Malaysia eyes 8-10pc increase in foreign, domestic direct investments in 2024

KUALA LUMPUR: Malaysia has targeted at least an 8.0 to 10 per cent increase in foreign and domestic direct investments this year after posting a "historic" figure last year.

The country's approved investments for the manufacturing, services and primary sectors surged 23 per cent to RM329.5 billion last year from RM267.7 billion in 2022.

Investment, Trade and Industry Minister Tengku Datuk Seri Zafrul Tengku Abdul Aziz said these investments were expected to create more than 52,700 job opportunities.

He emphasised the importance of aligning the investment target with the country's economic growth.

With the gross domestic product (GDP) growth for 2024 projected at 4.0-5.0 per cent, he said the ministry aimed to double this rate, setting a target of 8.0 to 10 per cent for total approved investments.

"We are still finalising the target, but it has to be higher than last year," he said at the press conference on Malaysia's investment performance for 2023 yesterday.

Tengku Zafrul said the services sector emerged as a silver lining amid the economic slowdown.

The sector attracted RM168.4 billion, or 51.1 per cent, of the total approved investments last year.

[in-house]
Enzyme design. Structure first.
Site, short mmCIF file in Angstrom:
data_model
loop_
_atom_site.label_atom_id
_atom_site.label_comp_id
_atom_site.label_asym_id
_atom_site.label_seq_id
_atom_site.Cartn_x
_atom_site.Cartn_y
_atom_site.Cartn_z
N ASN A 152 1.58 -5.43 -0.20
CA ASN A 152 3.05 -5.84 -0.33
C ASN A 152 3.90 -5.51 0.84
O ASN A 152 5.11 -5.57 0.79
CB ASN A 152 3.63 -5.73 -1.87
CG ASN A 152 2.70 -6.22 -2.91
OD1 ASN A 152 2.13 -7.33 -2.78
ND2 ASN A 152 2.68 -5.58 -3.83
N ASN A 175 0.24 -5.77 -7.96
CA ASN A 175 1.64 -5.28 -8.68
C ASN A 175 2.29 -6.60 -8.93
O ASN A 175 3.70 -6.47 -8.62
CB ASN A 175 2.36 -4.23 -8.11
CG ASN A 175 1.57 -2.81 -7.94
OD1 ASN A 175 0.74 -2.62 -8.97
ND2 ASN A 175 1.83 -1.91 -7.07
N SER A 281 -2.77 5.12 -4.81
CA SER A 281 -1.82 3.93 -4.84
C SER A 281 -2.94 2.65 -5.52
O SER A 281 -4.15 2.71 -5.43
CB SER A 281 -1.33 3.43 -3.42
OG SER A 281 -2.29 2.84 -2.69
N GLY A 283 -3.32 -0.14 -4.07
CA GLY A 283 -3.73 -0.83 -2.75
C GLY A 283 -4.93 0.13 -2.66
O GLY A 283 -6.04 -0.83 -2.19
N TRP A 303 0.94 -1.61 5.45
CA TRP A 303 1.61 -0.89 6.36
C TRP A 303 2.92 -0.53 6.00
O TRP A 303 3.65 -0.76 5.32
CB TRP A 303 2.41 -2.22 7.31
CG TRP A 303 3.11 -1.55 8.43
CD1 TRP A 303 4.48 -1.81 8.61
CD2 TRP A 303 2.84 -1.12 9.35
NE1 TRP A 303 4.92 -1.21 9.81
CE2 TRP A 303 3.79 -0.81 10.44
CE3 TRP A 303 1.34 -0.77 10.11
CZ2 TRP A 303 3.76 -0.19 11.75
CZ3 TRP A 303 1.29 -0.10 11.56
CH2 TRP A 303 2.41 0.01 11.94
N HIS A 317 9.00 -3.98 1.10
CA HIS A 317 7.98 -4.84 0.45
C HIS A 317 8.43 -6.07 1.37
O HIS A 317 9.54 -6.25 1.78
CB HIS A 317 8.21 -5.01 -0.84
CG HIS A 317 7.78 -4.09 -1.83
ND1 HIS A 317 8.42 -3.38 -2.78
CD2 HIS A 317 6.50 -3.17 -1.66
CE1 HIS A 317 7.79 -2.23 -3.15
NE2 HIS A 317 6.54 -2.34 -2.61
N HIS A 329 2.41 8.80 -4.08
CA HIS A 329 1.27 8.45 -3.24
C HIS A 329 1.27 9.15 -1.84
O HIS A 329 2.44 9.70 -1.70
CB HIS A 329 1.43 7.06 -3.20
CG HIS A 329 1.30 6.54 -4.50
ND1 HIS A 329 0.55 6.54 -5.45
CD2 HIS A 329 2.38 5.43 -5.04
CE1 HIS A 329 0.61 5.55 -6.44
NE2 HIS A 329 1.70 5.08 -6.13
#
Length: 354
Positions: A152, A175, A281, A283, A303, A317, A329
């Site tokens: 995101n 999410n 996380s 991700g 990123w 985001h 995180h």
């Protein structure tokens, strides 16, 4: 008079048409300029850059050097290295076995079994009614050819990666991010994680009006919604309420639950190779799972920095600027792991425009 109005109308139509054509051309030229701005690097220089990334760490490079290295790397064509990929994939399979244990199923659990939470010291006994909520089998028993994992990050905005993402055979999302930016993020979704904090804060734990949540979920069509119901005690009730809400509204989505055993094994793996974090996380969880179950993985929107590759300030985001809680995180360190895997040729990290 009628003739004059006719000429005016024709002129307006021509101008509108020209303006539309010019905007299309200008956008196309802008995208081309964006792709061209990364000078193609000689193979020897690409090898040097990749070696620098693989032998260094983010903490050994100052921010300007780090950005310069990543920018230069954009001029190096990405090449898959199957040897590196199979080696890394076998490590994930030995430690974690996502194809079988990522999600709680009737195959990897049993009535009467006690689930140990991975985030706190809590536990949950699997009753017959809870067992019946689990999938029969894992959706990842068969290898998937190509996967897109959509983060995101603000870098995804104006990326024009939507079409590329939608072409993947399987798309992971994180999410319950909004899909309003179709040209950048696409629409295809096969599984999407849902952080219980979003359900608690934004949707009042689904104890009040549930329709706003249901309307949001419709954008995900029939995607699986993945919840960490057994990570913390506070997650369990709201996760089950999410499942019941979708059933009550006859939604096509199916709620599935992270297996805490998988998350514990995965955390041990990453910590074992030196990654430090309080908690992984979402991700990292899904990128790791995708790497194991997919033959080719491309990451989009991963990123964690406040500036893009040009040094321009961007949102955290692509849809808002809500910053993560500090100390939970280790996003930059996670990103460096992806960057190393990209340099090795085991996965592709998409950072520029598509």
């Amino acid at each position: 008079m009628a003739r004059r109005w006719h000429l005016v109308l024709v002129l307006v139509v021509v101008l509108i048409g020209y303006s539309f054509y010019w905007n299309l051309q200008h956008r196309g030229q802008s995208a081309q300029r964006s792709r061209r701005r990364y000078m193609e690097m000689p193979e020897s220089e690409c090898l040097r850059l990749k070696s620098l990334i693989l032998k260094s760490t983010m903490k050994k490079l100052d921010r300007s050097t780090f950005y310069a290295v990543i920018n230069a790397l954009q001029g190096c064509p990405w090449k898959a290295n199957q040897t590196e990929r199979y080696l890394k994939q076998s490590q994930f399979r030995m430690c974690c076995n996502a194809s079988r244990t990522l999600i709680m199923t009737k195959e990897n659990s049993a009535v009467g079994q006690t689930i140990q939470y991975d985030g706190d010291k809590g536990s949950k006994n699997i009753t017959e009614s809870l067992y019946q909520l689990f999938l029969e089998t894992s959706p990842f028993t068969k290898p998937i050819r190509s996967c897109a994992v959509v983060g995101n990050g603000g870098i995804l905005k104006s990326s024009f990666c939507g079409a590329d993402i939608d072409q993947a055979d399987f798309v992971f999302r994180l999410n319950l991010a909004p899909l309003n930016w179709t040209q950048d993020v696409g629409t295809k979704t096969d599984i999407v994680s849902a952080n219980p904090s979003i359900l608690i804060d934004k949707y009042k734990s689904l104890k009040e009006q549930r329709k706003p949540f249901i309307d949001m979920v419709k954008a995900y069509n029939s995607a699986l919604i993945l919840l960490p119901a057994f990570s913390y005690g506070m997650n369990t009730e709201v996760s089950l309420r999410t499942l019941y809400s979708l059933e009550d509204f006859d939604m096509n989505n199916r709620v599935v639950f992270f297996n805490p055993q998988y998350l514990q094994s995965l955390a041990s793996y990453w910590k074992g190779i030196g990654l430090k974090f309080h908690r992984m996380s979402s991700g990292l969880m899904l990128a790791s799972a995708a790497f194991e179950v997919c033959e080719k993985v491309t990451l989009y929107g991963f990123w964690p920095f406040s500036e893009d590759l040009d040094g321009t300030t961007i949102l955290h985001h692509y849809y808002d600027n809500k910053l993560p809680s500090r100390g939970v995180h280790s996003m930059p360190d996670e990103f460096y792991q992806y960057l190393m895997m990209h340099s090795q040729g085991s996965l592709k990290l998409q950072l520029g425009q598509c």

On the manufacturing sector, Tengku  Zafrul said the sector attracted a total of RM152 billion in approved investments, accounting for 46.1 per cent of the total approved investments across all industries. 

Foreign investments accounted for a substantial 57.2 per cent, or RM188.4 billion, of the total approved investments, while domestic investments contributed 42.8 per cent, or RM141.1 billion.

The investment influx was predominantly led by five countries. Singapore invested RM43.7 billion, followed by the Netherlands (RM35.5 billion), the United States (RM21.5 billion), Cayman Islands (RM17.5 billion) and China (RM14.5 billion), altogether accounting for 70.4 per cent, or RM132.7 billion, of total foreign investments.

This diversification in foreign investment sources underscored Malaysia's global appeal and the confidence of international investors in its robust investment landscape, he said. 

Tengku Zafrul said the overall performance showed that as a country with strong policies that supported growth and investment prospects, Malaysia offered a huge potential for attractive returns alongside its clear vision to become a developed and inclusive economy.

He said the government and an "important" Chinese institution were in an advanced stage of negotiations to set up a two-way foreign investment promotion. 

"We aim to cement a cooperative agreement focused on investment promotion enhancement to bolster investment flows, encouraging Chinese firms to explore opportunities in Malaysia while similarly facilitating Malaysian enterprises to expand into China. 

"This potential partnership is targeted at fostering investments in high-value sectors, meticulously chosen to reflect the strategic priorities of both nations, thereby promising to fortify economic ties and promote mutual growth," he added.

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